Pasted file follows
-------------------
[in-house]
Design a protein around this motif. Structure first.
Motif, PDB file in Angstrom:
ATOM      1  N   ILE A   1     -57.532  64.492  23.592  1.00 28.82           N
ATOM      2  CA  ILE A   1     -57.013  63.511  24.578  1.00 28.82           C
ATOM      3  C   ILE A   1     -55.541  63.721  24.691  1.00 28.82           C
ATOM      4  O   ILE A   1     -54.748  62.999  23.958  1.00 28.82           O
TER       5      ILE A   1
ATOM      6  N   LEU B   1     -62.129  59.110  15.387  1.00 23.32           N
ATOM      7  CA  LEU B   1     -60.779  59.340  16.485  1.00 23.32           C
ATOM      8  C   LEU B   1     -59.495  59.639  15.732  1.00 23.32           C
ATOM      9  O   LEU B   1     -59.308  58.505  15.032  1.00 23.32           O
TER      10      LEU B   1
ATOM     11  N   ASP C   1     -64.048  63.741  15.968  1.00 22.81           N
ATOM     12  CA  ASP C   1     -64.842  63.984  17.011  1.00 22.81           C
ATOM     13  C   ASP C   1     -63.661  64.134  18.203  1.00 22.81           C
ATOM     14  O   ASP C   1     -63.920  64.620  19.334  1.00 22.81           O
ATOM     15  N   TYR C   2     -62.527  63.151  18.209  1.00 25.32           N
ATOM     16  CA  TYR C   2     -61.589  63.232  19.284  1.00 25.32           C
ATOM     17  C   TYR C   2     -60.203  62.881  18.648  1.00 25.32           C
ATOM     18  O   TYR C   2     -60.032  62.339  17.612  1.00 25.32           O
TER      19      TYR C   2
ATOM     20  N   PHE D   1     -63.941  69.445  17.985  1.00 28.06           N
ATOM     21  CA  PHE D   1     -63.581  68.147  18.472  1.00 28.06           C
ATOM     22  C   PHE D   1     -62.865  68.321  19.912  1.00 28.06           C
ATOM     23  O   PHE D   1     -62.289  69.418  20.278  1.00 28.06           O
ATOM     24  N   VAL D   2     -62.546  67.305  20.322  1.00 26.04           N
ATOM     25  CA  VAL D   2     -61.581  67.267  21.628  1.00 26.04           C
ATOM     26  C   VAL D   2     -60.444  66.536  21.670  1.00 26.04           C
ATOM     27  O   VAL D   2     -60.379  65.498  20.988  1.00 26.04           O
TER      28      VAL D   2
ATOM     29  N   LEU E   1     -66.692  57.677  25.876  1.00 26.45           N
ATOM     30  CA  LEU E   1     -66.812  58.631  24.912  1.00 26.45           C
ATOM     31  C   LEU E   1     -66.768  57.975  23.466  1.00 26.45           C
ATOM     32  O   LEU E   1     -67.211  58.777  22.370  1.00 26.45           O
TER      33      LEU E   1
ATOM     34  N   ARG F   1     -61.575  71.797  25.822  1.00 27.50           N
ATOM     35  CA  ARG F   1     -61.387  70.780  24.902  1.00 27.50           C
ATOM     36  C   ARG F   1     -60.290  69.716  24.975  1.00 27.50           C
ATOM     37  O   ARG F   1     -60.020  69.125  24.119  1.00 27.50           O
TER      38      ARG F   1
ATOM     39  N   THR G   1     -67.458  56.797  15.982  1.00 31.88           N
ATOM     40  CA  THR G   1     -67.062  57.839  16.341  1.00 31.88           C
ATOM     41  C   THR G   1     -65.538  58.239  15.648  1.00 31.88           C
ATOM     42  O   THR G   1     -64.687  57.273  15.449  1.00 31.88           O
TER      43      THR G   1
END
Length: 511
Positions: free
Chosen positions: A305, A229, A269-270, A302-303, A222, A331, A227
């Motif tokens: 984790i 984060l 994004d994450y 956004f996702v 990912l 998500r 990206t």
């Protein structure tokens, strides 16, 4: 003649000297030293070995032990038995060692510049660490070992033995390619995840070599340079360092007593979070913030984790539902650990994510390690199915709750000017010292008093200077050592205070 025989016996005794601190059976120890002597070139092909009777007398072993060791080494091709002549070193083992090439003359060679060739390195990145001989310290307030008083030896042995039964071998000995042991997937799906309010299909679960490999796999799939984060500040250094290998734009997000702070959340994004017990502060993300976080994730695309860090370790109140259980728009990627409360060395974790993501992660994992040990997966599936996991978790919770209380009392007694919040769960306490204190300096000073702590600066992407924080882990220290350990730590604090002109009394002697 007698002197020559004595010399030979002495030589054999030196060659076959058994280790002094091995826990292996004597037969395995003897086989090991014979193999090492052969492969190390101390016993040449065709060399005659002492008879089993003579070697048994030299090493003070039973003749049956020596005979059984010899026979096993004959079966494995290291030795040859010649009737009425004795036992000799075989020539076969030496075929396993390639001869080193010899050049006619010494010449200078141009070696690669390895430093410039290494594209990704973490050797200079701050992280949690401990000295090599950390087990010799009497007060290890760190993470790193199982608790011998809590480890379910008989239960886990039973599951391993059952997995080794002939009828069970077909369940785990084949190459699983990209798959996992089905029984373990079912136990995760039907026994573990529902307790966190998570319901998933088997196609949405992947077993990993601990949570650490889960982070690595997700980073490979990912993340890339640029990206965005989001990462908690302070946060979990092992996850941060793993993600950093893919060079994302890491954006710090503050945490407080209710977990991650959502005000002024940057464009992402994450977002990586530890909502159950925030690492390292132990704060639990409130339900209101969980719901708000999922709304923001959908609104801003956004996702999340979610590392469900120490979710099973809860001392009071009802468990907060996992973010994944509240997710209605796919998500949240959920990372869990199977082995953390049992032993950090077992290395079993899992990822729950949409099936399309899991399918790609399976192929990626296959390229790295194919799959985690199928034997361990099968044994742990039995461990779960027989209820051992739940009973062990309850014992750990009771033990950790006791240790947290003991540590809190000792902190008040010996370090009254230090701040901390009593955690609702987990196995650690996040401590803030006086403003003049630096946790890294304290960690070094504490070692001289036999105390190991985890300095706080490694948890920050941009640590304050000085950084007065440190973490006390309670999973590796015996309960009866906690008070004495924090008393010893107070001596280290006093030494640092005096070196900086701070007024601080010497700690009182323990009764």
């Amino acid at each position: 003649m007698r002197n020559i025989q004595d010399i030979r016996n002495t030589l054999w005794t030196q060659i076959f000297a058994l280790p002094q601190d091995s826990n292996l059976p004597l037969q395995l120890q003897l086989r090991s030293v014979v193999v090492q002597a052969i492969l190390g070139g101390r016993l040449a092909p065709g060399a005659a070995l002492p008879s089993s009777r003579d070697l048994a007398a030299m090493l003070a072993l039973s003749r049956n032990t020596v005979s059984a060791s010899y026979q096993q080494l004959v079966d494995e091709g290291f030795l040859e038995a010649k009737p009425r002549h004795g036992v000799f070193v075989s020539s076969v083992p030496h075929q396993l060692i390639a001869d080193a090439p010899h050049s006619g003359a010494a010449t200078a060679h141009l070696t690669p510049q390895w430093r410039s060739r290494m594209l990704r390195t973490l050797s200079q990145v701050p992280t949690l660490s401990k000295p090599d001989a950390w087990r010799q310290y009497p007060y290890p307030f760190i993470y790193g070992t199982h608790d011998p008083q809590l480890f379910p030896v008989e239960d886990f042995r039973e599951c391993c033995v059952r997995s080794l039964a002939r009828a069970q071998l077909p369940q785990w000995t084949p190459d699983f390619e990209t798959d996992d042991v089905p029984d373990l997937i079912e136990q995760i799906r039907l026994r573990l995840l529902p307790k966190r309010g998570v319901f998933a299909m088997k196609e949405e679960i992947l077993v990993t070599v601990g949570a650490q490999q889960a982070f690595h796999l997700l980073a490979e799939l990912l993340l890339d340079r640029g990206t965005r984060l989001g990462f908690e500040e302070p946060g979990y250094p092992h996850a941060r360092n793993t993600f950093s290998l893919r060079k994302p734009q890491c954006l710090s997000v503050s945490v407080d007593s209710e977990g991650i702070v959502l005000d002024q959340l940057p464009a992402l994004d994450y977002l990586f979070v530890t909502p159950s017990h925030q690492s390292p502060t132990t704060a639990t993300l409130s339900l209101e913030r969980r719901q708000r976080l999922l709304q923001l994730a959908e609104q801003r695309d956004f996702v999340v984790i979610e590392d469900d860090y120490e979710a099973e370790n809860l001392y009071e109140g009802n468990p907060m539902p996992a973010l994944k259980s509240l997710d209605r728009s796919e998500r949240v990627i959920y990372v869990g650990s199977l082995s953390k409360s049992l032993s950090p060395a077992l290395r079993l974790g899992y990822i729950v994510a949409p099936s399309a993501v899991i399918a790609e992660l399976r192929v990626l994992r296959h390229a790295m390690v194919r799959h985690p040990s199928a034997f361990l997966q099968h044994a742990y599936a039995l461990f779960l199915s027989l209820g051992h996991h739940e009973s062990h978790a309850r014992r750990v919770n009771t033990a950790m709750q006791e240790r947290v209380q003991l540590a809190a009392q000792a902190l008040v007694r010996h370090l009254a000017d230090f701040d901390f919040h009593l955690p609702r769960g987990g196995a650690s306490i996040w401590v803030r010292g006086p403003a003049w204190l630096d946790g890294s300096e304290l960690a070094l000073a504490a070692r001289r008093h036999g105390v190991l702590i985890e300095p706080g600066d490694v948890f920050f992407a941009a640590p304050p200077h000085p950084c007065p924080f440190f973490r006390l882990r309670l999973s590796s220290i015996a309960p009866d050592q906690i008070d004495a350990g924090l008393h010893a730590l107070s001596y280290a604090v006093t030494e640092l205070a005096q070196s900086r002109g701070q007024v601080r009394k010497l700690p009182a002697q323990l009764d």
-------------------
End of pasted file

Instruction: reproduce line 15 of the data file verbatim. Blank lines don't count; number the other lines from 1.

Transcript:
ATOM     12  CA  ASP C   1     -64.842  63.984  17.011  1.00 22.81           C